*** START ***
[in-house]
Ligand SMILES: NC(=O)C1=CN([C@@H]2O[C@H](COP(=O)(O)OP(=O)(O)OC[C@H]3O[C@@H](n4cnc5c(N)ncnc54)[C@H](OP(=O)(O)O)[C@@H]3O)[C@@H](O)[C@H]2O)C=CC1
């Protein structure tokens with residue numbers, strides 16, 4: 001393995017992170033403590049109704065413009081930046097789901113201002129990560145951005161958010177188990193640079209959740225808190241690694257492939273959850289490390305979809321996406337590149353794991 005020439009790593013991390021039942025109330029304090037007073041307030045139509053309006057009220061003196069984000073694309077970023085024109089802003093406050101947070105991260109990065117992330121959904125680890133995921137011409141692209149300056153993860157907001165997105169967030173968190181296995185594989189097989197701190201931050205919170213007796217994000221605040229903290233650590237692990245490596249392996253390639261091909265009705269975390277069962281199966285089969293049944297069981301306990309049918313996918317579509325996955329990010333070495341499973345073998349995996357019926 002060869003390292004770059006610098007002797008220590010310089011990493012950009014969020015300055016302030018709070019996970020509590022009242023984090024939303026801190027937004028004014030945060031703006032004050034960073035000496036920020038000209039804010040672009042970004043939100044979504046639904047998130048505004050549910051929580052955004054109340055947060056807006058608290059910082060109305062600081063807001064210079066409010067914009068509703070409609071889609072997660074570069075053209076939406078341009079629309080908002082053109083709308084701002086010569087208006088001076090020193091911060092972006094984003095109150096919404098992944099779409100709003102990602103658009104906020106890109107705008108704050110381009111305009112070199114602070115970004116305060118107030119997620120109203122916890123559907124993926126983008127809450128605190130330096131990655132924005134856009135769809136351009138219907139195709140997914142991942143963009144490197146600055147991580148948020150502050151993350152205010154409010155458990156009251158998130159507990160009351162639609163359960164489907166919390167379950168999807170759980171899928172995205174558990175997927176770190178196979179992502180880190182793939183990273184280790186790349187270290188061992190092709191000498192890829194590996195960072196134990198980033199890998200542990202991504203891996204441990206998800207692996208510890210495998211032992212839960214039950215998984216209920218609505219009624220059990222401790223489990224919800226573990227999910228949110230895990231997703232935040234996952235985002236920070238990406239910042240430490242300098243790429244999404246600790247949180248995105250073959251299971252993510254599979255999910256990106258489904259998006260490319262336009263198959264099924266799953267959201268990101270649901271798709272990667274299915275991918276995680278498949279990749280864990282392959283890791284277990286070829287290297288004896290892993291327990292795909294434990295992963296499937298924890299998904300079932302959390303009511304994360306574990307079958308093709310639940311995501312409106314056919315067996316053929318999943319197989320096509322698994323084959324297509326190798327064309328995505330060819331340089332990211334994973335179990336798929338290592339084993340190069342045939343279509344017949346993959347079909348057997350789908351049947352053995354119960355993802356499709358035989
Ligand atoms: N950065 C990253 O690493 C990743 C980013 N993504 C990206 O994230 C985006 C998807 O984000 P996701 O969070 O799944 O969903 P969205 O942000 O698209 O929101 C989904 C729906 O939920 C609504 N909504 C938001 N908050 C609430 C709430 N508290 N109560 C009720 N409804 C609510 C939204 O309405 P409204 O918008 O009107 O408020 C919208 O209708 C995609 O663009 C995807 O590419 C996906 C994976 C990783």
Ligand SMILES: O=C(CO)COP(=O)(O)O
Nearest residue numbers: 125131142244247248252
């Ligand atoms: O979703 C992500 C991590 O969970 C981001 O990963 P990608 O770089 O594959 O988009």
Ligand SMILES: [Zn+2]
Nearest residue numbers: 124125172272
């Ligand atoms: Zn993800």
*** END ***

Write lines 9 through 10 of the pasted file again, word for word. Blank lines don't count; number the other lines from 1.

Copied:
Nearest residue numbers: 124125172272
């Ligand atoms: Zn993800």